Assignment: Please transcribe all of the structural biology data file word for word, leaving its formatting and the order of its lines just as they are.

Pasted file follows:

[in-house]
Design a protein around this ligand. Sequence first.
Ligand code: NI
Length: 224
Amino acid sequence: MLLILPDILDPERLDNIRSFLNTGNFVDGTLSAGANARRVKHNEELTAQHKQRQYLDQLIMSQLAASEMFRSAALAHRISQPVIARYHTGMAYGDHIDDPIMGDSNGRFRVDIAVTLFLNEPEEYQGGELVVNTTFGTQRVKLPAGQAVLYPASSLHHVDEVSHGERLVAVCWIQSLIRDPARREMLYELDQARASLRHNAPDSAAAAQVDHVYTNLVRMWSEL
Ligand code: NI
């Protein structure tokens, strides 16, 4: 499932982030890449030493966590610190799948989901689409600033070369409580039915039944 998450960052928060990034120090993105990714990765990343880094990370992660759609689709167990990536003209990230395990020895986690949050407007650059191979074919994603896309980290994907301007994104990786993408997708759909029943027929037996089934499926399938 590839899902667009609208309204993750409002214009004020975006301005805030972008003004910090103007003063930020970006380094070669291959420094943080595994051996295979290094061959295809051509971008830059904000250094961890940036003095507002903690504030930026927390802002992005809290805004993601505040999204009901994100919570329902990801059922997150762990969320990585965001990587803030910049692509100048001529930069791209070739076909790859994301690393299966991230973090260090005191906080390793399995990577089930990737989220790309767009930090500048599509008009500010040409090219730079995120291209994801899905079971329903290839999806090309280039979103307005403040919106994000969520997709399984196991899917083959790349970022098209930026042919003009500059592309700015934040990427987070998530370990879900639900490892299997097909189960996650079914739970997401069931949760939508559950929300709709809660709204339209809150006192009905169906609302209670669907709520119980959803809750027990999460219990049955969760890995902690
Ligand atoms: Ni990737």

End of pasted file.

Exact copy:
[in-house]
Design a protein around this ligand. Sequence first.
Ligand code: NI
Length: 224
Amino acid sequence: MLLILPDILDPERLDNIRSFLNTGNFVDGTLSAGANARRVKHNEELTAQHKQRQYLDQLIMSQLAASEMFRSAALAHRISQPVIARYHTGMAYGDHIDDPIMGDSNGRFRVDIAVTLFLNEPEEYQGGELVVNTTFGTQRVKLPAGQAVLYPASSLHHVDEVSHGERLVAVCWIQSLIRDPARREMLYELDQARASLRHNAPDSAAAAQVDHVYTNLVRMWSEL
Ligand code: NI
């Protein structure tokens, strides 16, 4: 499932982030890449030493966590610190799948989901689409600033070369409580039915039944 998450960052928060990034120090993105990714990765990343880094990370992660759609689709167990990536003209990230395990020895986690949050407007650059191979074919994603896309980290994907301007994104990786993408997708759909029943027929037996089934499926399938 590839899902667009609208309204993750409002214009004020975006301005805030972008003004910090103007003063930020970006380094070669291959420094943080595994051996295979290094061959295809051509971008830059904000250094961890940036003095507002903690504030930026927390802002992005809290805004993601505040999204009901994100919570329902990801059922997150762990969320990585965001990587803030910049692509100048001529930069791209070739076909790859994301690393299966991230973090260090005191906080390793399995990577089930990737989220790309767009930090500048599509008009500010040409090219730079995120291209994801899905079971329903290839999806090309280039979103307005403040919106994000969520997709399984196991899917083959790349970022098209930026042919003009500059592309700015934040990427987070998530370990879900639900490892299997097909189960996650079914739970997401069931949760939508559950929300709709809660709204339209809150006192009905169906609302209670669907709520119980959803809750027990999460219990049955969760890995902690
Ligand atoms: Ni990737």